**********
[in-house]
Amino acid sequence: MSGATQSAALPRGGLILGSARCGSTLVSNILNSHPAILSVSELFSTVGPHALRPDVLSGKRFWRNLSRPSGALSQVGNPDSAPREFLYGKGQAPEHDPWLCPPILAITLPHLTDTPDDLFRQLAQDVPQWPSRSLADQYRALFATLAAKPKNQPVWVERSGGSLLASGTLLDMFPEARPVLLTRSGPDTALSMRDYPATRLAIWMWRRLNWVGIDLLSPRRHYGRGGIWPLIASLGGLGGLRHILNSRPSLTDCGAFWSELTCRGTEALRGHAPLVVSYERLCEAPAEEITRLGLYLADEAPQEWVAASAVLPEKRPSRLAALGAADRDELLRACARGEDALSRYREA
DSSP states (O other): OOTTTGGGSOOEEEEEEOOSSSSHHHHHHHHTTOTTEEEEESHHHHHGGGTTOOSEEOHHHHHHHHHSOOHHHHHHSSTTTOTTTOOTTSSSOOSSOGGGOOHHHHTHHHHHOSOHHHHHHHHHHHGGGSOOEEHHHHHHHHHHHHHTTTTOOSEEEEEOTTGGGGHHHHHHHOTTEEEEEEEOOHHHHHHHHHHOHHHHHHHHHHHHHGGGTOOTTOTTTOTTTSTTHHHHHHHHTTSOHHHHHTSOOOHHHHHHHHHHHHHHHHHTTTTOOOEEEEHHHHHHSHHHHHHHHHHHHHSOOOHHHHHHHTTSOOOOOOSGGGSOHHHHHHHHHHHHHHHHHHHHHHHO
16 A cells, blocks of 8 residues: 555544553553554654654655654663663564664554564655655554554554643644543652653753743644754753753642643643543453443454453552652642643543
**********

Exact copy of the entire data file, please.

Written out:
[in-house]
Amino acid sequence: MSGATQSAALPRGGLILGSARCGSTLVSNILNSHPAILSVSELFSTVGPHALRPDVLSGKRFWRNLSRPSGALSQVGNPDSAPREFLYGKGQAPEHDPWLCPPILAITLPHLTDTPDDLFRQLAQDVPQWPSRSLADQYRALFATLAAKPKNQPVWVERSGGSLLASGTLLDMFPEARPVLLTRSGPDTALSMRDYPATRLAIWMWRRLNWVGIDLLSPRRHYGRGGIWPLIASLGGLGGLRHILNSRPSLTDCGAFWSELTCRGTEALRGHAPLVVSYERLCEAPAEEITRLGLYLADEAPQEWVAASAVLPEKRPSRLAALGAADRDELLRACARGEDALSRYREA
DSSP states (O other): OOTTTGGGSOOEEEEEEOOSSSSHHHHHHHHTTOTTEEEEESHHHHHGGGTTOOSEEOHHHHHHHHHSOOHHHHHHSSTTTOTTTOOTTSSSOOSSOGGGOOHHHHTHHHHHOSOHHHHHHHHHHHGGGSOOEEHHHHHHHHHHHHHTTTTOOSEEEEEOTTGGGGHHHHHHHOTTEEEEEEEOOHHHHHHHHHHOHHHHHHHHHHHHHGGGTOOTTOTTTOTTTSTTHHHHHHHHTTSOHHHHHTSOOOHHHHHHHHHHHHHHHHHTTTTOOOEEEEHHHHHHSHHHHHHHHHHHHHSOOOHHHHHHHTTSOOOOOOSGGGSOHHHHHHHHHHHHHHHHHHHHHHHO
16 A cells, blocks of 8 residues: 555544553553554654654655654663663564664554564655655554554554643644543652653753743644754753753642643643543453443454453552652642643543